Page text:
We have argued that the real meaning of the strong dollar policy is the US commitment not to use the dollar as a weapon, as it did for years leading up to 1995.  There is now an arms control-like agreement not to weaponize foreign exchange.  The G7 and G20 have agreed that markets ought to determine exchange rates, though excessive volatility needs to be avoided.  

When Abe and other Japanese officials came too close to the line, the G7 signed a new agreement reaffirming the commitment to de-weaponize foreign exchange.  When US Treasury Secretary Mnuchin seemed to talk the dollar down, others objected and it was quickly walked back.  It is possible that low-level criticisms of comments from other officials are issued, but they have not percolated to levels as Abe or Mnuchin’s comments.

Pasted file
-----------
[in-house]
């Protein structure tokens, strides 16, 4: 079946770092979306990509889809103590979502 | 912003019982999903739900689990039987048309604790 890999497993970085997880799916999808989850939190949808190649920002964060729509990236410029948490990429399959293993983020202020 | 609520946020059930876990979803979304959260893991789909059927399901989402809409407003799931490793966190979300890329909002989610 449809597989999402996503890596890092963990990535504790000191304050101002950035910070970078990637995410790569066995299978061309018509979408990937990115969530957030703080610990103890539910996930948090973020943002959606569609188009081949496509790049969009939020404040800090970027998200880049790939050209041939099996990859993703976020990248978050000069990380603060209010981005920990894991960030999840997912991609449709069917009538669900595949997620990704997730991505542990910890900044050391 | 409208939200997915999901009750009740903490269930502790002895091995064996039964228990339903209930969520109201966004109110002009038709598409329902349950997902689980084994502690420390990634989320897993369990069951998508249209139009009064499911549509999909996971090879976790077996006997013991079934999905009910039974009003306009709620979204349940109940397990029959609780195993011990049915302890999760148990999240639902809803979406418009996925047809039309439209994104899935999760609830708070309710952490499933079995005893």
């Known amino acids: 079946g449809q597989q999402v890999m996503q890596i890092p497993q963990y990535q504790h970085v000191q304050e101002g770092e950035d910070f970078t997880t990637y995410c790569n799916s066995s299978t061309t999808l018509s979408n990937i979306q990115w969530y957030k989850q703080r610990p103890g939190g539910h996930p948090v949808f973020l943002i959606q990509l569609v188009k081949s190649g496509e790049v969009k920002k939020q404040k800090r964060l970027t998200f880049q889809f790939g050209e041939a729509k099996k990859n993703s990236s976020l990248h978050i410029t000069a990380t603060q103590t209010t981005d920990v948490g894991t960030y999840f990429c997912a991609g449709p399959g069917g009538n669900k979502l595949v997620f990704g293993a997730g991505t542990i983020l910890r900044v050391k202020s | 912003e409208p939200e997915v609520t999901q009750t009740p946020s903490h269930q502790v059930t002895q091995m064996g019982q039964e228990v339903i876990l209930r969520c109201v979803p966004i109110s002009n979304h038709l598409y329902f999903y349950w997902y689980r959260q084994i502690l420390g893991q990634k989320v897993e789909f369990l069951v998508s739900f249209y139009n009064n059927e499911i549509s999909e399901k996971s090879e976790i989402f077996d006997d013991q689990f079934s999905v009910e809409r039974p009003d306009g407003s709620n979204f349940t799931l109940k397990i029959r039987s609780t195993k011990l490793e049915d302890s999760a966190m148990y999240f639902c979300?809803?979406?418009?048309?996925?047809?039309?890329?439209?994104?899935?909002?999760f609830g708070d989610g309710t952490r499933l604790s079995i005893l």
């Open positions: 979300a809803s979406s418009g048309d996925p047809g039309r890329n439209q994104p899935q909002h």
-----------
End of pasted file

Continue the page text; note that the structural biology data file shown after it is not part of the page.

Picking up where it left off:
It has gone nearly unnoticed by the commentariat is that the new governor of the People’s Bank of China indicated it will not weaponize the yuan.  Governor Yi specifically said that China would not use the yuan in the trade conflict with the US.  Of course, words are one thing, and deeds are another, but it is promising.    This does not mean that yuan will not fall, any more than a strong dollar policy says anything about its exchange rate.  Yi’s comments suggest a simple test of his veracity:  We should not see intervention to weaken the yuan.  

The more pressing currency challenge is with the Hong Kong dollar.  Funds have flowed into Hong Kong for real estate and equities.  Note that the Hang Seng is up 3% year-to-date, and an index of mainland shares that trade in Hong Kong is up nearly 5%, while the mainland indices are off more than 3%.  This liquidity coupled with the widening interest rate differential with the increasing dollar LIBOR has weighed on the Hong Kong dollar.